Grass-finished beef can command premium prices, but the production side of the equation can be daunting, says Jeff McCutcheon, an Ohio State University Extension educator in Morrow County.

“Finishing animals on grass is the hardest grazing management system to accomplish,” says McCutcheon. “It’s definitely not for beginners.”

Unlike feedlot finishing, grazing requires meticulous management to balance animal nutrition and forage production, he adds. Animal weight must increase consistently from weaning to slaughter. That requires providing high-quality forages year-round, which can be difficult.

“It’s pretty easy to accomplish in the fall and spring, but winter and summer months become more of a challenge,” says McCutcheon. “When it gets colder or warmer, it takes more energy for cattle to maintain their normal body functions. Also when it’s warmer out, cattle decrease their feed intake, so producers need to feed them high-quality forages to make up for that. During times of extreme temperatures, the forages themselves also do not maintain a high quality, and you end up with more indigestible material and a lower-quality feed.”

Grass-fed beef is a much leaner product, which many consumers like. But a lack of marbling leaves more room for error and increases the odds of ending up with a lower-quality product if the animal is marketed too soon.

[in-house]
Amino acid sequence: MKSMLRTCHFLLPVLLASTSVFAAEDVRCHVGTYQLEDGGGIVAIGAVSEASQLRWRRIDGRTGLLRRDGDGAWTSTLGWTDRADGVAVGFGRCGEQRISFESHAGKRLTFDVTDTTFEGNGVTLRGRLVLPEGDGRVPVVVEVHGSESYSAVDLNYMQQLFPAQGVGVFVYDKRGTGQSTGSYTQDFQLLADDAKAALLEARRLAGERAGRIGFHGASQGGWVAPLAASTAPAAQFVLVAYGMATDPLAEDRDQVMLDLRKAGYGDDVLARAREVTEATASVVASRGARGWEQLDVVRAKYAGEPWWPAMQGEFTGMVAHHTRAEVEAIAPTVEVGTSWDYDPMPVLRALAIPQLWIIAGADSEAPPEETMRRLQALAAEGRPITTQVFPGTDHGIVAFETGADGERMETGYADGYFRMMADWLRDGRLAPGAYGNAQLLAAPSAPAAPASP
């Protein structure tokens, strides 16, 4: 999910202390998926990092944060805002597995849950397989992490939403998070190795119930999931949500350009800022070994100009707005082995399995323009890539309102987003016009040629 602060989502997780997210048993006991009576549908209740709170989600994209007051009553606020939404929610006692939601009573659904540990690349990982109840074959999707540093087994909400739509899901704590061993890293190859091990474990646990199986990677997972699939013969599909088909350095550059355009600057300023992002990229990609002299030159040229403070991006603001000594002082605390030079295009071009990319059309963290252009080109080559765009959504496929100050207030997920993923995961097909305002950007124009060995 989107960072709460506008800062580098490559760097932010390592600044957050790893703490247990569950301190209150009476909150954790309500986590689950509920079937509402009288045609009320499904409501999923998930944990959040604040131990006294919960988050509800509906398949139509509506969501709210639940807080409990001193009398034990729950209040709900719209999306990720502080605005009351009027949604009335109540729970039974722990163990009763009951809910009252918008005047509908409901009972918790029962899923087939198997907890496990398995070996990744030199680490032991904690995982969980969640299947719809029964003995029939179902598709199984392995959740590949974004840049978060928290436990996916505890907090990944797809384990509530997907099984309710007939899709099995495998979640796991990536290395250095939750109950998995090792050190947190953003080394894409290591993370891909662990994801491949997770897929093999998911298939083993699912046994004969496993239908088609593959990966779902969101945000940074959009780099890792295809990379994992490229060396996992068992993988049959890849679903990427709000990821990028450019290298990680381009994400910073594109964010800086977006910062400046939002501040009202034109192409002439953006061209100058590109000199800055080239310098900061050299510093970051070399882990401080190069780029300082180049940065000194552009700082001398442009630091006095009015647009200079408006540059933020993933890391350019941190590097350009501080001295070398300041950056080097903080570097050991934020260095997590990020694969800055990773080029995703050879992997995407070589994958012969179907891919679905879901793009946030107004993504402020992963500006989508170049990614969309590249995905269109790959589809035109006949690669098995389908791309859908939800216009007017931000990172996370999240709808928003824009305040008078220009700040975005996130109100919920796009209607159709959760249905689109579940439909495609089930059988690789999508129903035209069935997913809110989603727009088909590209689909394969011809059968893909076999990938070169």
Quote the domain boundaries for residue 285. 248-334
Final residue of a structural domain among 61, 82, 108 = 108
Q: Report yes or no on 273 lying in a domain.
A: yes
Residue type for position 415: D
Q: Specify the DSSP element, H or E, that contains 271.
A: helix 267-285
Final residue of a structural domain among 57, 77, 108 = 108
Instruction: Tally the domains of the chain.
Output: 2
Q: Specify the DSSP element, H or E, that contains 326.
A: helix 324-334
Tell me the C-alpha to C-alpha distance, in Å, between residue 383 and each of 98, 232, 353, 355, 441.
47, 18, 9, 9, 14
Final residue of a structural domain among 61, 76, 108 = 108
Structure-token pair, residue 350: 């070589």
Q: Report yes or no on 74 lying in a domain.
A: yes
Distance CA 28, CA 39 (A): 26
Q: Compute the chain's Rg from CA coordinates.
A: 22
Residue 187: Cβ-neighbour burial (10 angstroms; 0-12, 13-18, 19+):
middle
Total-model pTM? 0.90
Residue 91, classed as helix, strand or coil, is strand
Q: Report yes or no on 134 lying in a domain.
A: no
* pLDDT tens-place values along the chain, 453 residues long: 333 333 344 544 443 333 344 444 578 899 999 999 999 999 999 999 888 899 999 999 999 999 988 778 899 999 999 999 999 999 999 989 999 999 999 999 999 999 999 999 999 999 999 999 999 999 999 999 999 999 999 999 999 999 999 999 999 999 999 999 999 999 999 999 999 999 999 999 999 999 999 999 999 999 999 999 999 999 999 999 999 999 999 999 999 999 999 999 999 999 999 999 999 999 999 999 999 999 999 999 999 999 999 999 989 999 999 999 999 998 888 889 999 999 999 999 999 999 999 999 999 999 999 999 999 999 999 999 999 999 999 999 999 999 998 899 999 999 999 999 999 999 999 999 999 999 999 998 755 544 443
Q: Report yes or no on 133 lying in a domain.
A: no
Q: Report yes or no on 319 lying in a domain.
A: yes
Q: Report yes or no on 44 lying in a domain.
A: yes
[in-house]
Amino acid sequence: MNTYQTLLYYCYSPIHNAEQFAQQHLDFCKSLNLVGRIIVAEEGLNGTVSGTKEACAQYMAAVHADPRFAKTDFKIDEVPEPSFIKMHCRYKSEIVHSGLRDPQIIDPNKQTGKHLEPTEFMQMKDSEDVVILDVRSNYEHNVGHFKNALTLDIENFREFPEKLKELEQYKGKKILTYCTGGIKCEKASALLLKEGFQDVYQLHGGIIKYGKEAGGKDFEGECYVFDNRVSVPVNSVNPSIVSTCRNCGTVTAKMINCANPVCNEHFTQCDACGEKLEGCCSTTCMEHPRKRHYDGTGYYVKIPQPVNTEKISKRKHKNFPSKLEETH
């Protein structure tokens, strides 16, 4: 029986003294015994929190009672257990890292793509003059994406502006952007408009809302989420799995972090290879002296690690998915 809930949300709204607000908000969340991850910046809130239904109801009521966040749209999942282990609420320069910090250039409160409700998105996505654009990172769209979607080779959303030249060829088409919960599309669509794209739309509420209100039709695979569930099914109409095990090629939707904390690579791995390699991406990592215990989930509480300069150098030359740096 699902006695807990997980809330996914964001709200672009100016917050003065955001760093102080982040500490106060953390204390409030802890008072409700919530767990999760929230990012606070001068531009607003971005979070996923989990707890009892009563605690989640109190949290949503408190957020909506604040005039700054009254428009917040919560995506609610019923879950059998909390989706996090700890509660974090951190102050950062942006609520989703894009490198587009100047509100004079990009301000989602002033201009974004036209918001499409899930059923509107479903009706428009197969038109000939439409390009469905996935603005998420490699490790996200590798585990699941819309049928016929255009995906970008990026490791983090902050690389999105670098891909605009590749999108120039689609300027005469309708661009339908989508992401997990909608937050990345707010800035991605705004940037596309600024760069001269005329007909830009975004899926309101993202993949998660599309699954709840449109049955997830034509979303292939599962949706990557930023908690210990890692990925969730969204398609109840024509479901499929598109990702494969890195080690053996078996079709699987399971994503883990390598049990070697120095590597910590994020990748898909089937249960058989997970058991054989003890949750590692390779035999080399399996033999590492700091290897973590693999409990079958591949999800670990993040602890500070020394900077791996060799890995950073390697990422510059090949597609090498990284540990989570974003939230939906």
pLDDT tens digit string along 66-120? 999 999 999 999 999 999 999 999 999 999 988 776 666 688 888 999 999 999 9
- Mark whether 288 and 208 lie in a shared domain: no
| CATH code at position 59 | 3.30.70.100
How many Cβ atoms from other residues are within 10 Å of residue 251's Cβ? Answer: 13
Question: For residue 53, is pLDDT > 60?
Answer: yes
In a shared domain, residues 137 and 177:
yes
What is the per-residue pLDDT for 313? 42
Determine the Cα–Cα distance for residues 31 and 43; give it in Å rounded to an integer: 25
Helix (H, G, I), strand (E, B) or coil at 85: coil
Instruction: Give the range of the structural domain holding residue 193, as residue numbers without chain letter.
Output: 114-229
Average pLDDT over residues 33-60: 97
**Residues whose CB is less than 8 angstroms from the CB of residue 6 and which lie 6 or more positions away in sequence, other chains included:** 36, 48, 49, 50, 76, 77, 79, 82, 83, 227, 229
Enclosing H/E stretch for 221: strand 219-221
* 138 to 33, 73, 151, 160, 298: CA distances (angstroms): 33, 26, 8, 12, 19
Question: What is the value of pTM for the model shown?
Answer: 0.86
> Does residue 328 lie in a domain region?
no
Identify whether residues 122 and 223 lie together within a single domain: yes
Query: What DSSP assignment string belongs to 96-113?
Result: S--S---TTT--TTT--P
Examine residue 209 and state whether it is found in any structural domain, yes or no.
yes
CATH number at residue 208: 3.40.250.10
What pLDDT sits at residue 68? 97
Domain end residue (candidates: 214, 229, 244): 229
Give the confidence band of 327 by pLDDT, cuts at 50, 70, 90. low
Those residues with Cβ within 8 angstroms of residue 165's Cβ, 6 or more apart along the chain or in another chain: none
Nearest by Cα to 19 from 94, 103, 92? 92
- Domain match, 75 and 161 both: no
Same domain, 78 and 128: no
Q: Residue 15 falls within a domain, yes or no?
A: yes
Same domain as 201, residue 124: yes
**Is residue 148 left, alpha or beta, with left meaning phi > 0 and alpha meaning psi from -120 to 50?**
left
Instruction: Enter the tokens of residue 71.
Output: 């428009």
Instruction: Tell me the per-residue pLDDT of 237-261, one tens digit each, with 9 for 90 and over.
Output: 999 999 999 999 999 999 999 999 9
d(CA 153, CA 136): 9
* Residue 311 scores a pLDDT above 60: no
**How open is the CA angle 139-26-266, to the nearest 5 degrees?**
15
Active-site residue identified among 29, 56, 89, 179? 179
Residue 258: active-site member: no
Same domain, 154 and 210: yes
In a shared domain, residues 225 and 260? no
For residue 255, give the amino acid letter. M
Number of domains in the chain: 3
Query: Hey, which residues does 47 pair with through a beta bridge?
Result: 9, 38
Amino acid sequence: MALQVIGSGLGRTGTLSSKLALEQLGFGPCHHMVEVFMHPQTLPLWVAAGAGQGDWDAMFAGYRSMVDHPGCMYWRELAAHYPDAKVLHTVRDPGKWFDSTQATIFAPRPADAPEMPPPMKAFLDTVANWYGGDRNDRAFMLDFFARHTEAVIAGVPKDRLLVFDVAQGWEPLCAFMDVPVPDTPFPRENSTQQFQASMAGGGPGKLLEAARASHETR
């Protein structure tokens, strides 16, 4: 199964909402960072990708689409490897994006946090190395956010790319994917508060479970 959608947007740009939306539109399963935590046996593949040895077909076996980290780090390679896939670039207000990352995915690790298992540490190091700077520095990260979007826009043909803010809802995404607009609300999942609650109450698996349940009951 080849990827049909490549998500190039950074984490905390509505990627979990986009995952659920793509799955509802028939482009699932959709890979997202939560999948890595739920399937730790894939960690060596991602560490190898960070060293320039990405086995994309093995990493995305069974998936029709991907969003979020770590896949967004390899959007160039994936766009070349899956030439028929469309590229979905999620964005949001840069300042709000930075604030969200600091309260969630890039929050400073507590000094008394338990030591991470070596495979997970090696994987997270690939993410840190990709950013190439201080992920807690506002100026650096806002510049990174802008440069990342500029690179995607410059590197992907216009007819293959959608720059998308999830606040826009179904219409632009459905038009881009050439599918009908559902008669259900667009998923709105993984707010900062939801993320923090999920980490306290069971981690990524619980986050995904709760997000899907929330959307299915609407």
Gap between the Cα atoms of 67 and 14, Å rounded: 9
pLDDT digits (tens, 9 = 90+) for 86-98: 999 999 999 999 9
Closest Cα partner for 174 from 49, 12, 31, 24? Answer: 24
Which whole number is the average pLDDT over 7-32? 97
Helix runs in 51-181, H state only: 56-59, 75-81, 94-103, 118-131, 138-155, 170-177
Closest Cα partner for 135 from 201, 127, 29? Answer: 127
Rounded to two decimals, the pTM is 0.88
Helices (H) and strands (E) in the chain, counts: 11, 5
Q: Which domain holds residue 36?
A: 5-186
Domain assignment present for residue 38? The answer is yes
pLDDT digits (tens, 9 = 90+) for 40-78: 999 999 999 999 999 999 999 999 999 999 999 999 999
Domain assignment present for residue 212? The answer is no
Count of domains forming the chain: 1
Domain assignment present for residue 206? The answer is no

“I’ve heard people describe meat from cattle harvested too early as tough and dry,” he says. “That’s why finishing grass-fed beef is more challenging.”

Many of the growing number of Ohio farmers raising grass-fed beef feel cattle are made to eat forages, not grain. Plus they believe grazing is more environmentally friendly and are catering to a growing consumer base that is demanding a product that comes from a production method other than the traditional grain-fed system.

Some only grow perennial cool-season grasses like bluegrass, orchardgrass or clover, while others mix in annuals such as oats, wheat or turnips to balance the forage chain.

“Producers need to determine what system works best that matches up with the animals’ nutritional requirements,” says McCutcheon.